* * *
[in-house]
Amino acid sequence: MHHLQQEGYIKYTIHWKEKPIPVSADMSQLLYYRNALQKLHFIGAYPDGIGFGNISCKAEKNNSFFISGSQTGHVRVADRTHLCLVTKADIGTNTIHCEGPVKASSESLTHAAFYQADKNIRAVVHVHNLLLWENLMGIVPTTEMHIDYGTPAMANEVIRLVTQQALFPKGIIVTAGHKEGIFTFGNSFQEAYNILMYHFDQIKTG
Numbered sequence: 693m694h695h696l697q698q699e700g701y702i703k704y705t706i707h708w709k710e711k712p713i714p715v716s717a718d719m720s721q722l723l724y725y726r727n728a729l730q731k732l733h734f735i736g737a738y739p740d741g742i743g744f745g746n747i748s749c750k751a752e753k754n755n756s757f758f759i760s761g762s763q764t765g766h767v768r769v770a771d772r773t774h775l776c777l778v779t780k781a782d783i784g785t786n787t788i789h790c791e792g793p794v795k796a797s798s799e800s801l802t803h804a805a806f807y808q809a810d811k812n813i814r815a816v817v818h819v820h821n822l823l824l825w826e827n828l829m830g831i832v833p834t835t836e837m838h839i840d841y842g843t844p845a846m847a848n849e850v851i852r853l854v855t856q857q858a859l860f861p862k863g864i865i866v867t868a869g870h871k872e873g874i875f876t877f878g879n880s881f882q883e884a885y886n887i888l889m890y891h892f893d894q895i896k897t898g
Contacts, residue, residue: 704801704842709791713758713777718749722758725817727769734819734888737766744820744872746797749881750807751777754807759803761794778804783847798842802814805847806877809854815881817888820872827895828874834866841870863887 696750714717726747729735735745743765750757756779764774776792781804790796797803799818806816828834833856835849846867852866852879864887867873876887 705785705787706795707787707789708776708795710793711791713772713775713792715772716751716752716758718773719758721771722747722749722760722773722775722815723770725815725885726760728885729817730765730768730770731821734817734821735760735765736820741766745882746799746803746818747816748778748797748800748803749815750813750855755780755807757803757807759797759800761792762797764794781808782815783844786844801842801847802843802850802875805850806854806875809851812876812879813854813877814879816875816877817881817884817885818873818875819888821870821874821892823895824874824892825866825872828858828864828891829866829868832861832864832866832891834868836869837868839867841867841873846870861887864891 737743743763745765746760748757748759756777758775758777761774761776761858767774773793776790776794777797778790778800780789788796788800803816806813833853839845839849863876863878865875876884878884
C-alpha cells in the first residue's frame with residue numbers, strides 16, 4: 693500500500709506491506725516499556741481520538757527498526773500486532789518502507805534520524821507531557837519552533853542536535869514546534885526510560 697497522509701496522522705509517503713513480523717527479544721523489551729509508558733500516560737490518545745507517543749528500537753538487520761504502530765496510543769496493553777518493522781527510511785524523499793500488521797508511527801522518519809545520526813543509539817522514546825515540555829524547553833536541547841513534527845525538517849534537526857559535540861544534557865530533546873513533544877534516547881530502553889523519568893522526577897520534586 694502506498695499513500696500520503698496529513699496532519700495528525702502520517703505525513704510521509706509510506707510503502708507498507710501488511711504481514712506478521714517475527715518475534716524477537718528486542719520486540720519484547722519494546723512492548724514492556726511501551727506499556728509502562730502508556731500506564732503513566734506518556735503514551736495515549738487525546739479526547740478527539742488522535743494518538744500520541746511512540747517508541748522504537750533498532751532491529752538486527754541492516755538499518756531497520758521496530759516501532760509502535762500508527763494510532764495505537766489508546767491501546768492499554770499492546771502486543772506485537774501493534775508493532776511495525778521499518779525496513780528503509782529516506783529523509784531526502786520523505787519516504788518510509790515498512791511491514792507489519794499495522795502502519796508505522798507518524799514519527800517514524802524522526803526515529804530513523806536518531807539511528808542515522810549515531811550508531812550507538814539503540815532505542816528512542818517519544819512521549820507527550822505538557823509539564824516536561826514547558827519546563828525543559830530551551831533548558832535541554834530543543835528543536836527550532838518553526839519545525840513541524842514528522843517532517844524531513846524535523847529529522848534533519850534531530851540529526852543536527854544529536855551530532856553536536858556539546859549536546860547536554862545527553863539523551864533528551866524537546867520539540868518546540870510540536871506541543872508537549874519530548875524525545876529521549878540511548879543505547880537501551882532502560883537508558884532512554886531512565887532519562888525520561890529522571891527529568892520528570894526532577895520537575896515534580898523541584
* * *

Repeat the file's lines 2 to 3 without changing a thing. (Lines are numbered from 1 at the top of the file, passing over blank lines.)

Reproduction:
Amino acid sequence: MHHLQQEGYIKYTIHWKEKPIPVSADMSQLLYYRNALQKLHFIGAYPDGIGFGNISCKAEKNNSFFISGSQTGHVRVADRTHLCLVTKADIGTNTIHCEGPVKASSESLTHAAFYQADKNIRAVVHVHNLLLWENLMGIVPTTEMHIDYGTPAMANEVIRLVTQQALFPKGIIVTAGHKEGIFTFGNSFQEAYNILMYHFDQIKTG
Numbered sequence: 693m694h695h696l697q698q699e700g701y702i703k704y705t706i707h708w709k710e711k712p713i714p715v716s717a718d719m720s721q722l723l724y725y726r727n728a729l730q731k732l733h734f735i736g737a738y739p740d741g742i743g744f745g746n747i748s749c750k751a752e753k754n755n756s757f758f759i760s761g762s763q764t765g766h767v768r769v770a771d772r773t774h775l776c777l778v779t780k781a782d783i784g785t786n787t788i789h790c791e792g793p794v795k796a797s798s799e800s801l802t803h804a805a806f807y808q809a810d811k812n813i814r815a816v817v818h819v820h821n822l823l824l825w826e827n828l829m830g831i832v833p834t835t836e837m838h839i840d841y842g843t844p845a846m847a848n849e850v851i852r853l854v855t856q857q858a859l860f861p862k863g864i865i866v867t868a869g870h871k872e873g874i875f876t877f878g879n880s881f882q883e884a885y886n887i888l889m890y891h892f893d894q895i896k897t898g